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Five Sunday festivals that liven up Europe


While Western Europe is arguably the most multicultural & atheist continent, history continues to weigh heavily on the legality of using Sundays as a shopping day. In fact, a recent study has shown that laws across Europe continue to restrict shop opening times on Sundays, especially in Germany, France or Belgium. This legal impediment on window-shopping during Sundays has been opposed by many proponents of a “consumer-first” society.

However, this has one distinct advantage: many interesting festivals are falling on Sundays, as the imposed rest on that day allows vast crowds to gather. Here are our top five Sunday festivals for 2018.

1. The “Jumping Over Babies” festival in Castrillo, Spain

Baby jumping festival, SpainSpain’s regional diversity has brought many quirky festivals, such as the running of the bulls in Pamplona or the tomato-throwing festival in Bunol. One of the lesser known is the Baby Jumping festival, celebrated on Sunday 3rd of June this year.

Recently-born babies are laid out on mattresses in the streets of the small villages of Castrillo in the region of Murcia, with masked “devils” jumping over them before being sprinkled with flower petals. The practice is meant to protect the infants from bad luck. Celebrated since 1621, the festival is meant to place the infants on the path of a good life. It is definitely not a festival for those who believe in safety rules, though there aren’t thankfully reports of recent accidents with this unusual festival.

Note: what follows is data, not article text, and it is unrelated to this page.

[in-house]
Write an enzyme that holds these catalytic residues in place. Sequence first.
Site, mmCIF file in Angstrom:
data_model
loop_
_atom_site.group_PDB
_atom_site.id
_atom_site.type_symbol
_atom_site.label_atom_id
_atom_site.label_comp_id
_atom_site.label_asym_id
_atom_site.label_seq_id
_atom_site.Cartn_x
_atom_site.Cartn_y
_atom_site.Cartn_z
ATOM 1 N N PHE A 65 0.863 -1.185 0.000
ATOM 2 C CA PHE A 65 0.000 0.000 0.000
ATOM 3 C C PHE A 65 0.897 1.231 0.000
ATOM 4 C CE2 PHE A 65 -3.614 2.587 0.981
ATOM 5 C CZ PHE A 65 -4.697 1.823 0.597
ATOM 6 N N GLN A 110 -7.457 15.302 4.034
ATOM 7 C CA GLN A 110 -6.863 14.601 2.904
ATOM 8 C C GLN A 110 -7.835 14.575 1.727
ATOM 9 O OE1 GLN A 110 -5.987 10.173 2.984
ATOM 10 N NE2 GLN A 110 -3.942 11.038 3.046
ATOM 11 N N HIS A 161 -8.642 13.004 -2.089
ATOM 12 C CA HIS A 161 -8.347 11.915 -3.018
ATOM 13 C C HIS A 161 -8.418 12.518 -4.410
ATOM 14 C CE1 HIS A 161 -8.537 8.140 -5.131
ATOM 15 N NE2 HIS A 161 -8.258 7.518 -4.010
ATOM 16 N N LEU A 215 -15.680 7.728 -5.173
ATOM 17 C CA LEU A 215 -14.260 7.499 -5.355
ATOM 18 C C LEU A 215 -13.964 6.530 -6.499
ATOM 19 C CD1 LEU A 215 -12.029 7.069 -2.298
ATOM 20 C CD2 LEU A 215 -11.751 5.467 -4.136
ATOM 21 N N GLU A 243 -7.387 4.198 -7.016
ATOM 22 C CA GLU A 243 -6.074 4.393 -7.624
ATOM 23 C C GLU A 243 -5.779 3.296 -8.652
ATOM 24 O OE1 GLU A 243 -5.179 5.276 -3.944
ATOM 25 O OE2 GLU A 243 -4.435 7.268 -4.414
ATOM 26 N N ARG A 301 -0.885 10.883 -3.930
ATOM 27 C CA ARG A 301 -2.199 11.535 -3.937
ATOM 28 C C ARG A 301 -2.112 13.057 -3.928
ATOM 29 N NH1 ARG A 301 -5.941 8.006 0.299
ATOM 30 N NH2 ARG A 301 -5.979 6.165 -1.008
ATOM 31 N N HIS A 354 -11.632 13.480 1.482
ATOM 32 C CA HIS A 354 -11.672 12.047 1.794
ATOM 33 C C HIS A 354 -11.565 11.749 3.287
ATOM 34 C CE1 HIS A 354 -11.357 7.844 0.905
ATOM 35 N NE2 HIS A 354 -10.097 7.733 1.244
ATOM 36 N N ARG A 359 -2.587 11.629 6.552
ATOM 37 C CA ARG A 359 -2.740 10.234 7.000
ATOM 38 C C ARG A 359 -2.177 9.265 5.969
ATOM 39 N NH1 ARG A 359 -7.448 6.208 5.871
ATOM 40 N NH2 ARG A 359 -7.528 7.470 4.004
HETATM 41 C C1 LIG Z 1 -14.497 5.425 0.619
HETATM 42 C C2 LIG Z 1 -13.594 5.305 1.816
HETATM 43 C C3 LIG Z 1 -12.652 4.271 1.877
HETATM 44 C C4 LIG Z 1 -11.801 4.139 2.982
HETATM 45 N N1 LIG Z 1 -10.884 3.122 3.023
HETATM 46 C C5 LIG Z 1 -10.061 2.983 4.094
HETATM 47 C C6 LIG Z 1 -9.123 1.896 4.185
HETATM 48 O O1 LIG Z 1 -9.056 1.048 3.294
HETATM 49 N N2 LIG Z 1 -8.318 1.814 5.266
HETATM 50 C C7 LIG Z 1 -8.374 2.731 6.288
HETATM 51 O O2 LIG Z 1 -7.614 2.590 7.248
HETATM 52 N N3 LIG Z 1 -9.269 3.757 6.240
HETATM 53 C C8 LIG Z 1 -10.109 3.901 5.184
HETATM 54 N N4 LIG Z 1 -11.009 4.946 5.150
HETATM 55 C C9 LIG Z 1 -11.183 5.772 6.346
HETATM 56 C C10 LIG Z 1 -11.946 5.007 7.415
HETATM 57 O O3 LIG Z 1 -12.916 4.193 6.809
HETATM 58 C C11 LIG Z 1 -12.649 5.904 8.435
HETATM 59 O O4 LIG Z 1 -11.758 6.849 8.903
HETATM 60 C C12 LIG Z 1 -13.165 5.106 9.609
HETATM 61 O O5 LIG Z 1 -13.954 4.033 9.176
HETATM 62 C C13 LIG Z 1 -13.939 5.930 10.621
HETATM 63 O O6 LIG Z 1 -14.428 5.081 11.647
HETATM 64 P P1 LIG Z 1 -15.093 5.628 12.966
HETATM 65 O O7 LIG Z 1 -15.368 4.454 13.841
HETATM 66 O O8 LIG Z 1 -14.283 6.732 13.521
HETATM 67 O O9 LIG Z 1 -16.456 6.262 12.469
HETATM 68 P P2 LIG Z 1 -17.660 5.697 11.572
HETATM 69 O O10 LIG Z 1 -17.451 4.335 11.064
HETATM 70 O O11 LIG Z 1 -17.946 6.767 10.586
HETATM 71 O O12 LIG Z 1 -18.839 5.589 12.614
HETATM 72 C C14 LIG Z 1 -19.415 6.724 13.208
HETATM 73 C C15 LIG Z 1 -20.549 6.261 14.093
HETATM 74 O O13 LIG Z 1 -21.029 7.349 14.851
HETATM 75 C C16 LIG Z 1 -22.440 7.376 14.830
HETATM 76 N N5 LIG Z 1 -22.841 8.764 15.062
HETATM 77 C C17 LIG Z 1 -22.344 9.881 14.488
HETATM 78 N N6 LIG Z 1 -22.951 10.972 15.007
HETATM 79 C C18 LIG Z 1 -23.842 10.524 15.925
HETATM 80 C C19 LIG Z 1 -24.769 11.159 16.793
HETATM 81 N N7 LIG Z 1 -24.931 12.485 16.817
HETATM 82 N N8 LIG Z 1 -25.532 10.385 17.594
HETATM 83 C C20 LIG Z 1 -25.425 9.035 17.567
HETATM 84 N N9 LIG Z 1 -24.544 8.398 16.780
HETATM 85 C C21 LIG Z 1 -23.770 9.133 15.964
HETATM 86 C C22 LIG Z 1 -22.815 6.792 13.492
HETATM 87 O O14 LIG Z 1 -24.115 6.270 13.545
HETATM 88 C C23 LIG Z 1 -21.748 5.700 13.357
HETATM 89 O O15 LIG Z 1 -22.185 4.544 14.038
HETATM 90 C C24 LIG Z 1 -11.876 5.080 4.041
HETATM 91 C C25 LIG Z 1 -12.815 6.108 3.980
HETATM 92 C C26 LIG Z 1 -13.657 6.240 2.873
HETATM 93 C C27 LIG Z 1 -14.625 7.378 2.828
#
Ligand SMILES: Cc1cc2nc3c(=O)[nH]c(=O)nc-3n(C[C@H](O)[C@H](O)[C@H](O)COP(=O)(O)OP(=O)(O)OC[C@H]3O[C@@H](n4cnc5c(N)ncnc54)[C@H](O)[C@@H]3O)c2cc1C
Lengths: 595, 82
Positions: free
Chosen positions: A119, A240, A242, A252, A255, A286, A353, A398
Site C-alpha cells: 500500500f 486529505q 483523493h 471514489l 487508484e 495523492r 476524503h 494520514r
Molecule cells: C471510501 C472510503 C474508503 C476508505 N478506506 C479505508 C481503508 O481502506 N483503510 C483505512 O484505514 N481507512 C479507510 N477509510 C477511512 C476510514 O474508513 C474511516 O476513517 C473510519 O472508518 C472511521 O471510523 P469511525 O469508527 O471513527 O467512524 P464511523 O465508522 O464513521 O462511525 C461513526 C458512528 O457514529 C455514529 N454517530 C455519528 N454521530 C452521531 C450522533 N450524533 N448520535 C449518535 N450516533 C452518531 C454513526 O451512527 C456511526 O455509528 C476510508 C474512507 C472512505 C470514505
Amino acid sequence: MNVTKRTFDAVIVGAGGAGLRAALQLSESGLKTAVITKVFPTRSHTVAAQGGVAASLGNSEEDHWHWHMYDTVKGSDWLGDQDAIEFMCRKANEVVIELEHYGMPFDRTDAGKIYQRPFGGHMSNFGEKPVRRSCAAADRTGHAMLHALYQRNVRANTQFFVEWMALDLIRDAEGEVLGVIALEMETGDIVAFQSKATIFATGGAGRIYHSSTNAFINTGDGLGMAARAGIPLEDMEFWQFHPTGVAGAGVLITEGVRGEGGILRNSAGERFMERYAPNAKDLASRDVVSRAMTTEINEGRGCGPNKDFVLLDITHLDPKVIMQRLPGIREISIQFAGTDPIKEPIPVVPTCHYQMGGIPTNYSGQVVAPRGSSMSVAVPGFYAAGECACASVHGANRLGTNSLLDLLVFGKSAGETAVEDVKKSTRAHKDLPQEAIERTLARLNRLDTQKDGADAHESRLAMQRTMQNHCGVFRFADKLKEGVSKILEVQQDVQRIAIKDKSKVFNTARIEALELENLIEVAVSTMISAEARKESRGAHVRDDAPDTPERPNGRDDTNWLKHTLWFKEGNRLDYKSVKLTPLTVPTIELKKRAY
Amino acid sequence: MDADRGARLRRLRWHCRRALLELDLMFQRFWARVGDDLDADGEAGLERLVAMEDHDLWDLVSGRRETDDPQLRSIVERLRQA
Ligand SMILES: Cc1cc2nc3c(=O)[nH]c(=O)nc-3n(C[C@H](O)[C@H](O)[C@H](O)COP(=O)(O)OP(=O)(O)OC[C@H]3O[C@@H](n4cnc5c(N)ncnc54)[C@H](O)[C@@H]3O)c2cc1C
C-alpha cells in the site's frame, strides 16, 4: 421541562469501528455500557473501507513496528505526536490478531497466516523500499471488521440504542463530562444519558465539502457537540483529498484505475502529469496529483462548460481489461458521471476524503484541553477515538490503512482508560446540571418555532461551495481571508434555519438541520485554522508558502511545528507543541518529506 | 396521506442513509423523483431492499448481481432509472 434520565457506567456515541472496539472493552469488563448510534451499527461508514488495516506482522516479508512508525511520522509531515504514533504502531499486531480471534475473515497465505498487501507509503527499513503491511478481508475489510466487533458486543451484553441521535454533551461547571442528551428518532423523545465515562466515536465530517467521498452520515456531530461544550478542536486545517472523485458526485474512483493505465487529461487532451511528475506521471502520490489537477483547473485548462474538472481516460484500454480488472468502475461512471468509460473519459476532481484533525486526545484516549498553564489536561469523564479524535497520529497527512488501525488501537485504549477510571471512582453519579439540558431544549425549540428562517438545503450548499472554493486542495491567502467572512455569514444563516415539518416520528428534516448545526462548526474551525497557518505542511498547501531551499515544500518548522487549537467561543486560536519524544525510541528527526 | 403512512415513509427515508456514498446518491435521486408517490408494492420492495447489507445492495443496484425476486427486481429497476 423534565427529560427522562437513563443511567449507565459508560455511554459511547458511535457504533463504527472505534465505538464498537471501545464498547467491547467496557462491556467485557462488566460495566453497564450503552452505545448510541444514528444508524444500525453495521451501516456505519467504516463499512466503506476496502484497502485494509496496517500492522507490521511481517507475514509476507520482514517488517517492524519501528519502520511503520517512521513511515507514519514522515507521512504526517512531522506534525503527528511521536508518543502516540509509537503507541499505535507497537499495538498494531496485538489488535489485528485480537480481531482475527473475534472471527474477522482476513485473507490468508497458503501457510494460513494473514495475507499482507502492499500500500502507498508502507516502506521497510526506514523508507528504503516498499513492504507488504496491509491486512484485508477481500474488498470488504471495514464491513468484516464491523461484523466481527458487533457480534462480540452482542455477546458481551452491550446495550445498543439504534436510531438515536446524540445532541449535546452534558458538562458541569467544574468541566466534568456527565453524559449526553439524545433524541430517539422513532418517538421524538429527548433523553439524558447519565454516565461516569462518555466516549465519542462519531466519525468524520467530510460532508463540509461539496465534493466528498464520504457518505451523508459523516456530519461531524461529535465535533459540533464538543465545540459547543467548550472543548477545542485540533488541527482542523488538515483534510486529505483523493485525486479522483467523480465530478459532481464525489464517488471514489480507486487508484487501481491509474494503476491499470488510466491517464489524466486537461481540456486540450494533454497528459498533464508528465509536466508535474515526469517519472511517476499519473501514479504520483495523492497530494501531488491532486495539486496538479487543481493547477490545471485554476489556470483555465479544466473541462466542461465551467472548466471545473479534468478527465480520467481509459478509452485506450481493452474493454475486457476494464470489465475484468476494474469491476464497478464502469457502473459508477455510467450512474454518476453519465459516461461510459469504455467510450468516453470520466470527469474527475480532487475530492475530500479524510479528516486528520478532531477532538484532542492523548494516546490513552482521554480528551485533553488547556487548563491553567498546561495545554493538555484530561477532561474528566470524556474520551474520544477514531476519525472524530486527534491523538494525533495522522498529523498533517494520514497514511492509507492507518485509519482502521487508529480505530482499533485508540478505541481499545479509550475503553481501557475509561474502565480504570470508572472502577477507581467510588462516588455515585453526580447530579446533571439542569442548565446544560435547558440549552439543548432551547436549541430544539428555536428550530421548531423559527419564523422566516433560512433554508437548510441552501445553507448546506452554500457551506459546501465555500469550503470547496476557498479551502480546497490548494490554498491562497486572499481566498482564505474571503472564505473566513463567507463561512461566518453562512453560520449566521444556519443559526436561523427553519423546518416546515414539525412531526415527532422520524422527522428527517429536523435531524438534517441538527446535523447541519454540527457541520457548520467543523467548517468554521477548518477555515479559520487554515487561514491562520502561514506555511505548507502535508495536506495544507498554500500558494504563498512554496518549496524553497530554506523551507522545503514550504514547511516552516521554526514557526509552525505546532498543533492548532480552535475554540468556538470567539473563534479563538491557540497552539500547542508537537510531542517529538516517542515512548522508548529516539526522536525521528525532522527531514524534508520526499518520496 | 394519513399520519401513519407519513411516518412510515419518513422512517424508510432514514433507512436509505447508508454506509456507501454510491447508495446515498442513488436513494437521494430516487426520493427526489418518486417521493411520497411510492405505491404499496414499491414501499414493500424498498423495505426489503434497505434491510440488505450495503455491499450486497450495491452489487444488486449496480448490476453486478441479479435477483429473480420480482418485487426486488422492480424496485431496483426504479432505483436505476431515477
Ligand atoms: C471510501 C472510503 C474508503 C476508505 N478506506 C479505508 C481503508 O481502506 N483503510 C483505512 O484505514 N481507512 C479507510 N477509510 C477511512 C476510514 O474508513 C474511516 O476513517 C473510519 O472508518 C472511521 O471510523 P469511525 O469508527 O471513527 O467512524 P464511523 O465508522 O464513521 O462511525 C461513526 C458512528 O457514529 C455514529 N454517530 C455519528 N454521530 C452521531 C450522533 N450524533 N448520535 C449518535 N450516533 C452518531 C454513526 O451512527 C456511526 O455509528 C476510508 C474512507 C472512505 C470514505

2. A taste of the Carribean in London, United Kingdom

From 25 to 27 Aug 2018, the streets of West London will beat to the rhythm of the Carribean, with the world-famous Notting Hill Festival. This is the largest street festival in Europe, so expect huge crowds, though Sunday is the Family Day which is relatively quieter than the main parade on Monday.

Notting Hill Carnival

3. The Burning of the Witches, in Czech Republic, in Sweden and Germany

Bonfire pictureOn Sunday 1st April in many central and northern European countries, Witches’ Nights are celebrated exactly 6 months after the more well-known Halloween. These ancient festivals with roots in pagan traditions welcome the arrival of Spring. Each country will celebrate in its own peculiar way: in Sweden, a breakfast of champagne & strawberries might be in order, while in Germany you may want to head for the Blocksberg mountains which were said in older times to host witch gatherings. The best country though to enjoy this festival is probably the Czech Republic, where hand-made witch dolls are thrown into large bonfires.

4. Oil Wrestling festival of Edirne, Turkey

The Turkish town in Edirne, on the border of Greece and Bulgaria, will celebrate its oil wrestling festival this summer, culminating on Sunday 8 July 2018. Men cover their entire body with olive oil, while aiming to pin their opponents to the ground or lift them over their shoulders. While the rules of the sport may sound odd, the roots of the game go back millenias in the middle east, and this even is even recognised by UNESCO.

Oil wrestling, Turkey

5. Street fair in Bayonne, France

Cow jumping, BayonneThe little town of Bayonne on the Southwest part of France comes alive in July 2018 with massive street parties, ending on Sunday 29th July. Look forward to street carnivals, and a no-bloodshed child-friendly version of bullfighting, where the torero “simply” attempts to jump over a charging cow. Attendees to the festivities wear white outfits with red scarves around the neck. Alcohol flows freely throughout the celebrations.

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